Author: elainesuess

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Leaders, Have That Conversation

In working with a group of high potential leaders recently, they shared that one of the top areas of concern for them was navigating conflict/difficult conversations.

It’s true. More often than not, when a conversation feels like it will be uncomfortable, people put it off. Or, they avoid it altogether. And, this is not just a challenge for up and coming leaders, but often company presidents and C-level leaders.

So, what to do about it?

  • First, getting in the right frame of mind about it can help.
  • Second, believing you can become more comfortable with the uncomfortable will help.
  • Third, making a commitment to building your conversational muscles can positively impact work relationships and your business.

The Cost of Avoidance

If you’re a research hound or facts and figures kind of leader, here are research results on the costs of avoiding or not having a difficult conversation:

“Employees waste an average of $1500 and an 8-hour workday for every conversation they avoid or don’t have.” Additionally, respondents shared that they may ruminate about these types of conversations for more than 6 months! (Source: VitalSmarts)

All that ruminating sounds draining just thinking about it. And, it saps a lot of energy that could be used elsewhere in the business.

Have the Conversation

So, how to recapture that well of energy and have the conversation you may be tempted to avoid?

-We can take the advice of Bob Newhart acting as a counselor in his TV show when he says “Just Stop It,” but that likely won’t work.

-We can tell ourselves to “Just Do It,” but if we’re avoiding the conversation in the first place, appealing to the Nike swoosh will likely not help much either.

-Instead, consider the following:

1.    Try to get clear on why you’re uncomfortable or putting off the conversation. Maybe you feel like you don’t have the words to begin the conversation, you’re not sure about the likelihood of getting the outcome you’d like, or maybe a previous experience with the individual didn’t go so well? There are many reasons, but getting clear around what’s keeping you from moving forward is a great first step.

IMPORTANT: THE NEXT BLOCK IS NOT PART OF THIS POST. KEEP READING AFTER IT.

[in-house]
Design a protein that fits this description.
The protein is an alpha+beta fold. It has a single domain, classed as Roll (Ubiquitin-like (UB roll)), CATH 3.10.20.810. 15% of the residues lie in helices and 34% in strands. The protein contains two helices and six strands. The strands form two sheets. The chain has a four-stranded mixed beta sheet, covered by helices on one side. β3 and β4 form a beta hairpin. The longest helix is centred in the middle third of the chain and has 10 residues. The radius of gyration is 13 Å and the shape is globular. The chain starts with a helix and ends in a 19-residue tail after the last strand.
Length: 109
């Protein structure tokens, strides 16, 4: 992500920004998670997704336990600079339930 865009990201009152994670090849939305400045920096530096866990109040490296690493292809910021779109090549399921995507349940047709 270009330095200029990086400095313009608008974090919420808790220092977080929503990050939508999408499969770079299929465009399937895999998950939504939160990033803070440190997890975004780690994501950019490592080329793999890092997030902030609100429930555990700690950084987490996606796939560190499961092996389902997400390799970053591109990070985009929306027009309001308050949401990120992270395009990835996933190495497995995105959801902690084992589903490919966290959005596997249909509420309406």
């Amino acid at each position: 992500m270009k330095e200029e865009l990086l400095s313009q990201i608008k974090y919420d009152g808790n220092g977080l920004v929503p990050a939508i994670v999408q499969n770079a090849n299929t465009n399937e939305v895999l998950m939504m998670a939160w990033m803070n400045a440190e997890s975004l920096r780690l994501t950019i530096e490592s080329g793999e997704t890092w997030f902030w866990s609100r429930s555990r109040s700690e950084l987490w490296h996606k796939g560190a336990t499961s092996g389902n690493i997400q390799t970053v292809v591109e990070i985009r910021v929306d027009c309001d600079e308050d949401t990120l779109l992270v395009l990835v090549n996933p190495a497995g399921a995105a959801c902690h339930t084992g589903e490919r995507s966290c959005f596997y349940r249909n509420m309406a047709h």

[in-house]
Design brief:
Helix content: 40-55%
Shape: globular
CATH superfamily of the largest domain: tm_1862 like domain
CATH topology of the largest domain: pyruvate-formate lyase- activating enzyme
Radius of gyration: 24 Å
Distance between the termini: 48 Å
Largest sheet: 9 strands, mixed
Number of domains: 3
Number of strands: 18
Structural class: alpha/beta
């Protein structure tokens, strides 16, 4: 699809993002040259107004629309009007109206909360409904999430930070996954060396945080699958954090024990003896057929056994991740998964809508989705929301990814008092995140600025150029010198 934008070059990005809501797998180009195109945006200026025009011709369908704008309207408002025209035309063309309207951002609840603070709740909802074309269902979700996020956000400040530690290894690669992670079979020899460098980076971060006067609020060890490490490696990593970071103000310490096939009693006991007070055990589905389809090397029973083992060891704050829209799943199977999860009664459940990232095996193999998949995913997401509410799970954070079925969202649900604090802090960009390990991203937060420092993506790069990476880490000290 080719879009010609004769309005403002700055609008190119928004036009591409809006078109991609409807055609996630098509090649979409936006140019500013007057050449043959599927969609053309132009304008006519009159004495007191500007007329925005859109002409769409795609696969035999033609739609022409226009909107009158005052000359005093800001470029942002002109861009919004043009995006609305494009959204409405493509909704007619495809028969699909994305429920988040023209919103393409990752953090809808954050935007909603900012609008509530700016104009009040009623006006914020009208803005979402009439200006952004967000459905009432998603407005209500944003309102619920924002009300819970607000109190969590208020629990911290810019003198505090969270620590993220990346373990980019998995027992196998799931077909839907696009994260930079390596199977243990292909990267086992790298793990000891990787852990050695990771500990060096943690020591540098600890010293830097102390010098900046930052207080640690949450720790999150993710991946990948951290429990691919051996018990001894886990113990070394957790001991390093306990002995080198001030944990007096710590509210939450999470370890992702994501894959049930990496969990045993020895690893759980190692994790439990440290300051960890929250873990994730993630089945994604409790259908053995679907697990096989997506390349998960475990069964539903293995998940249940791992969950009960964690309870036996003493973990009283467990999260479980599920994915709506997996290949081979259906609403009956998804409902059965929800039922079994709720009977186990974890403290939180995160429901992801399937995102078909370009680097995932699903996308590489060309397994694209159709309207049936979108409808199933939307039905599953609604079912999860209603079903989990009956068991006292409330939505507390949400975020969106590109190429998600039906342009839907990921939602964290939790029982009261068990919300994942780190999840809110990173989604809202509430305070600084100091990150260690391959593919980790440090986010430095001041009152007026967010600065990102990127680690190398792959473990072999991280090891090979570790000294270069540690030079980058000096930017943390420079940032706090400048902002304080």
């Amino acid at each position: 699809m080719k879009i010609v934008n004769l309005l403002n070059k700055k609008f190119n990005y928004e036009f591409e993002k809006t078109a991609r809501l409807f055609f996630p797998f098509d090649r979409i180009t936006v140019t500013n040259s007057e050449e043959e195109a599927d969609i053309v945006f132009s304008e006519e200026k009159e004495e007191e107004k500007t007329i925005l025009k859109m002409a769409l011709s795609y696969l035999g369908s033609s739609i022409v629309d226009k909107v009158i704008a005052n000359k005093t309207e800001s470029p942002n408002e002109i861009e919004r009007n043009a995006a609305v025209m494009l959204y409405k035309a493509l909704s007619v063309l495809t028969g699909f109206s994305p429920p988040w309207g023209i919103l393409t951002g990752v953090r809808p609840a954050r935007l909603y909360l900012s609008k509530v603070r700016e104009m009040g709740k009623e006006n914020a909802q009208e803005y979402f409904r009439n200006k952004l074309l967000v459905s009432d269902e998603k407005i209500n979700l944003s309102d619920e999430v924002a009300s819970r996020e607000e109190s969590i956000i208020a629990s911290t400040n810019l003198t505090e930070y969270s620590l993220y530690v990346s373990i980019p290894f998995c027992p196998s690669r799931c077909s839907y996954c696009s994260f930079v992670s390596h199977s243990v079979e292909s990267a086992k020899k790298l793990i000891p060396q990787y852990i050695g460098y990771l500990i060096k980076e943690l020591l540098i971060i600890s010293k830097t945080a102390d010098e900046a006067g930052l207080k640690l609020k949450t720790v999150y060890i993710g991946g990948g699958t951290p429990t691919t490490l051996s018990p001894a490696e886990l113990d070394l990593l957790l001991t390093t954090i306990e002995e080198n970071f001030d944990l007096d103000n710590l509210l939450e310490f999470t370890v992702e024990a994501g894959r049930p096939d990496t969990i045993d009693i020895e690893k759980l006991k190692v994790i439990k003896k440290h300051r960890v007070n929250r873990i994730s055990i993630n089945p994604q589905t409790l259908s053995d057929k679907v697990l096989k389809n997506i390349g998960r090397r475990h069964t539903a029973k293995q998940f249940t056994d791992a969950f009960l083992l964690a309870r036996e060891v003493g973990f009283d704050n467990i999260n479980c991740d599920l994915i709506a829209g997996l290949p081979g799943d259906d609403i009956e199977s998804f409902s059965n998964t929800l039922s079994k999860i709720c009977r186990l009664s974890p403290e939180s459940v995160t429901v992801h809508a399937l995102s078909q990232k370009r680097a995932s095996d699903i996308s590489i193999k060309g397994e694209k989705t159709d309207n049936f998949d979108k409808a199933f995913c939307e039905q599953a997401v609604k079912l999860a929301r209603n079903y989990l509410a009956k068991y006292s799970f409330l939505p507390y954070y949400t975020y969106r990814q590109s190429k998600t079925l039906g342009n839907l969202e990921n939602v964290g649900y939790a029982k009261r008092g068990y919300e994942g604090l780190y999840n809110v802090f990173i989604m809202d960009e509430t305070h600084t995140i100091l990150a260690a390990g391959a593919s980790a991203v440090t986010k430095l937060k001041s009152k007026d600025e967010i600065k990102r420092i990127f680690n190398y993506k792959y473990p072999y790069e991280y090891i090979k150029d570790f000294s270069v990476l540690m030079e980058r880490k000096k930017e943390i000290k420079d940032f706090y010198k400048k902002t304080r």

2.    You can likely reframe the way you’re thinking about it. A client once shared that it felt like every difficult conversation was an “ultimatum conversation.” On reframing, she started thinking about difficult conversations as discussions, not ultimatums, and she became more comfortable. Starting with this reframe and a positive brain will help you and the other individual have a successful dialogue.

3.    Depending on the level of importance, schedule a meeting to have the conversation at a time that is convenient for both (many people are not good off the cuff, especially with a difficult conversation). More structure can help.

4.    Don’t let time slip away between an issue that needs to be addressed and the discussion about it. Otherwise, it can feel more difficult, it takes more energy, and worse, issues can grow more complex. To schedule something by phone, say something as simple as; “Hey, I’d like to check in with you about X this afternoon.” Then, express your positive intent so you can keep your employee/colleague from entering the “fight, flight or freeze” zone. It’s hard to reassure via email. Phone or in person is best, even to set up a short meeting for an uncomfortable conversation.

5.    From a strategic standpoint, think about how you want to start the conversation and what your goal is. If you’ll be giving what feels like difficult feedback, please throw out the “feedback sandwich.” People usually appreciate a direct approach, even when it doesn’t feel great in the moment. Be direct, and caring, as much as possible, but not “blunt.” (I often hear people describe themselves as blunt. Direct works. Blunt doesn’t.)